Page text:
Conspiracy Theories About State Response to Dakota Access Pipeline Protest Turn Out to Be Mostly False


TOM STROMME/Tribune The Seven Councils Camp is in a scenic area of Morton County along the Cannonball River and North Dakota Highway 1806.

As the state has struggled to respond to a very large, and often illegal, protest against the Dakota Access Pipeline near the Standing Rock Indian Reservation there have been a number of unflattering rumors circulating about the state’s response.

Some of the claims are:

  • That the state has been using airplanes to inhibit cell phone coverage at the protest sites.
  • That the state cut off water for the tribal community.
  • That the state refused to allow maintenance crews in to service portable bathrooms at the protest ties.

The folks at Snopes – that website famous for debunking internet hoaxes – took a look at these claims and found them to be false.

It turns out that there were some issues with cell phone coverage in the protest area, but that wasn’t because anyone was blocking phones. It was because there was a sudden surge of thousands of people into a very rural area with limited coverage. Far from blocking cell signals the state actually reached out to cell phone providers and had them set up a repeater tower to increase coverage.

I wrote about the water issue earlier today, and while it still puzzles me why the state would provide any resources to any sort of a protest at all, it turns out that state-owned property like water tanks and trailers were initially given to the tribe to be used at a legal protest site on tribal land. When that property was moved to an illegal, unpermitted protest on federal land the state came and took back their property.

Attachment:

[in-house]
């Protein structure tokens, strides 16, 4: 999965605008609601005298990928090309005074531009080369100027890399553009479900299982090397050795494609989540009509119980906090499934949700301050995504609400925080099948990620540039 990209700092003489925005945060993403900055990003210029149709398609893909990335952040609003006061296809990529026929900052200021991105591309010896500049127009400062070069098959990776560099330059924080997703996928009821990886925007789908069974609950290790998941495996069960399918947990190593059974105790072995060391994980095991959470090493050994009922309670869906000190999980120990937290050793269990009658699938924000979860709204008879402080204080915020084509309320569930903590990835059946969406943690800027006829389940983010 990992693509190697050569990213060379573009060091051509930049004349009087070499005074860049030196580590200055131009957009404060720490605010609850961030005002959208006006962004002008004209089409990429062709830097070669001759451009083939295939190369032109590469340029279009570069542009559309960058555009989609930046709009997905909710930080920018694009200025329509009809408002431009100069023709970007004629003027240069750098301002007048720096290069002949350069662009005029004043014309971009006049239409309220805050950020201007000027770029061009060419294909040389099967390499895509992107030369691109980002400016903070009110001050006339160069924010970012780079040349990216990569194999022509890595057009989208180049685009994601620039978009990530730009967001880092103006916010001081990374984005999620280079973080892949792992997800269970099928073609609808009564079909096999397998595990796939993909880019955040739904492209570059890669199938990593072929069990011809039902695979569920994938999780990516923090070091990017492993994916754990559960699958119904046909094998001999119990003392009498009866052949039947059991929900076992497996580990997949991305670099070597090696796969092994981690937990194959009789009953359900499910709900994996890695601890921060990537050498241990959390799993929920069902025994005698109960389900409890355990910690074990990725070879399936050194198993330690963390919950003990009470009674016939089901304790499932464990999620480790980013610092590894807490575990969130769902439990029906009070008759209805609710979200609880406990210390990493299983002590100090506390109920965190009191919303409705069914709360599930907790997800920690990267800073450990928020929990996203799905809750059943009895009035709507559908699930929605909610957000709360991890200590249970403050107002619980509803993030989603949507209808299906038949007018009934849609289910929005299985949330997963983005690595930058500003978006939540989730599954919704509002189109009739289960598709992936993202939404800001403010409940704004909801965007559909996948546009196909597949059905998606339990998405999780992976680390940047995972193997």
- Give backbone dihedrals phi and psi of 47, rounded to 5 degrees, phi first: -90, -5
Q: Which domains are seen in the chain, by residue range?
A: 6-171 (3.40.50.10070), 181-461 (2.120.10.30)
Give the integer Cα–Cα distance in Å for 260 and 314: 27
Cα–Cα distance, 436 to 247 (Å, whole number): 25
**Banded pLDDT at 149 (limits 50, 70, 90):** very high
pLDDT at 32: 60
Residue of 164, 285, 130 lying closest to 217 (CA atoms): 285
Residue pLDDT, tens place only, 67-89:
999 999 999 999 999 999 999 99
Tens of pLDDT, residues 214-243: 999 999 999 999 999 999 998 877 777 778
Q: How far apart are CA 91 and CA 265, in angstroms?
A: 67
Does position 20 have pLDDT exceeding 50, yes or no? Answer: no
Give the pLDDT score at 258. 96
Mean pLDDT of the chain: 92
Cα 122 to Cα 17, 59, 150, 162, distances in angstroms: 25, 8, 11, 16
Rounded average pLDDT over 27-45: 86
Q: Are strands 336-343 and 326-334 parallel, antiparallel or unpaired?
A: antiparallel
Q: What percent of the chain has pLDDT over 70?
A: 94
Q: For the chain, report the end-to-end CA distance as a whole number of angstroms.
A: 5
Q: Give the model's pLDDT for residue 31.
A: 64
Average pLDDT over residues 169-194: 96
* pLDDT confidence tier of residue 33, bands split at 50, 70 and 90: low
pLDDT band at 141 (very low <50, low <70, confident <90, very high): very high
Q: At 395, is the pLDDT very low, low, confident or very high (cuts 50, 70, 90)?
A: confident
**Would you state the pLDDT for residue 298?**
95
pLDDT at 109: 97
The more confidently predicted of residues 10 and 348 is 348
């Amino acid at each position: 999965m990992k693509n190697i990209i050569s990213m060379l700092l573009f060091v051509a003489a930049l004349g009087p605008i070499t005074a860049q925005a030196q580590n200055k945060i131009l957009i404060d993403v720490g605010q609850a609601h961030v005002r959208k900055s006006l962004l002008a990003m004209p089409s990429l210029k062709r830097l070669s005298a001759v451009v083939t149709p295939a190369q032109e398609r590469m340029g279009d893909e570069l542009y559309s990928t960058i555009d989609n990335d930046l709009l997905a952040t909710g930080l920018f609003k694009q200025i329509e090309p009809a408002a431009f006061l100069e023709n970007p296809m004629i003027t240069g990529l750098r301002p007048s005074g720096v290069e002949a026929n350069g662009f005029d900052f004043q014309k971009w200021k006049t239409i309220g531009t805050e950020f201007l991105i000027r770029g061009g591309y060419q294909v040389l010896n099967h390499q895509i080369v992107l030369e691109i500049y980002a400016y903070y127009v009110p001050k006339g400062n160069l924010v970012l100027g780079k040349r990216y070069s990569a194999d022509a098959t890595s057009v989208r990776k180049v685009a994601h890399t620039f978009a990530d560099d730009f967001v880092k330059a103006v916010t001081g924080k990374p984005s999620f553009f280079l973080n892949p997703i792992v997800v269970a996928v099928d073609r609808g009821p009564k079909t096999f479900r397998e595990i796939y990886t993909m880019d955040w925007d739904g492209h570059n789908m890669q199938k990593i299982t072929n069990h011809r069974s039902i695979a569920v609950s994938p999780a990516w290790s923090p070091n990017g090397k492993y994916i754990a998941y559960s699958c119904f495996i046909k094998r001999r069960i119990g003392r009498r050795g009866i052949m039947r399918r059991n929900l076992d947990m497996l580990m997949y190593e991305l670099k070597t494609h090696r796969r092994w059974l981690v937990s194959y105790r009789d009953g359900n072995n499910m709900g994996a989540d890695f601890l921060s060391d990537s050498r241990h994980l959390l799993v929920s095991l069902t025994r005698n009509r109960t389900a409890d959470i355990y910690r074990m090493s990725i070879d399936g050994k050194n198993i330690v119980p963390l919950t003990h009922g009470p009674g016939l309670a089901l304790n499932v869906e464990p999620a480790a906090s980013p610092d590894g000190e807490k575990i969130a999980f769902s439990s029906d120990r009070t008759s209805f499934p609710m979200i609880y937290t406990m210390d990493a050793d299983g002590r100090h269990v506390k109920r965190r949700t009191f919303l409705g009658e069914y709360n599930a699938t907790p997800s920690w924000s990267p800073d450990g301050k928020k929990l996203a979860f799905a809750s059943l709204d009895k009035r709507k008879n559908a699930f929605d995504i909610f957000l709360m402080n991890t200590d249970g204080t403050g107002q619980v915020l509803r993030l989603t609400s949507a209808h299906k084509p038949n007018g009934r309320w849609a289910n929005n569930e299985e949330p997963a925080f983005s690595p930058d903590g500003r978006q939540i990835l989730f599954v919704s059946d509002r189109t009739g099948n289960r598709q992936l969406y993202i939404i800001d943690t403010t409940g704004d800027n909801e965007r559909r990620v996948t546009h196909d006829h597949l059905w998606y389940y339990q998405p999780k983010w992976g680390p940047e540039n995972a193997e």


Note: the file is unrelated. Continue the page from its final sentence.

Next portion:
As for serving the portable bathrooms, it seems there wasn’t a grain of truth to that rumor at all:

Fong also said related rumors held that access to the site by persons attempting to provide maintenance to portable sanitary facilities had been restricted by the state, but she maintained that NDDES had investigated those rumors to ensure the facilities remained in adequate condition and learned that no maintenance personnel had attempted to pass through a checkpoint during the period of time in question.

Seems someone may have been just making stuff up.

One thing that has confused a lot of observers of the protest is that there are actually two protest sites. One is on tribal land and hasn’t caused any problems according to state officials. But the other is illegally occupying federal land, and that’s where the trouble is.

One of the protesters interviewed by Fargo Forum reporter Mike Nowatzki actually alluded to the split camps a few days ago, noting in his own words that one camp was peaceful while the other is…something less than peaceful (emphasis mine):

“You have the pacifists and then you have the people who feel something should be done, and they’re camped across the river from each other,” said Jesse Stevens, 32, a member of Wisconsin’s Menominee and Oneida tribes.

Stevens and two other men from Keshena, Wis., left Friday evening and arrived Sunday night, delayed by a broken water pump on his GMC Jimmy. While they set up camp on the “peaceful” side, Stevens said he felt like he should be across the river.

“My point in coming out here was some kind of action, regardless of whether it’s life-threatening or not,” he said. “This is our land, our people.”

I don’t think anyone has a problem with protesters who are assembling peacefully and lawfully. I know I certainly don’t (though I do not agree with their position on the pipeline). But what’s unacceptable are the protesters who are trespassing and creating danger for themselves, the pipeline workers, and/or law enforcement.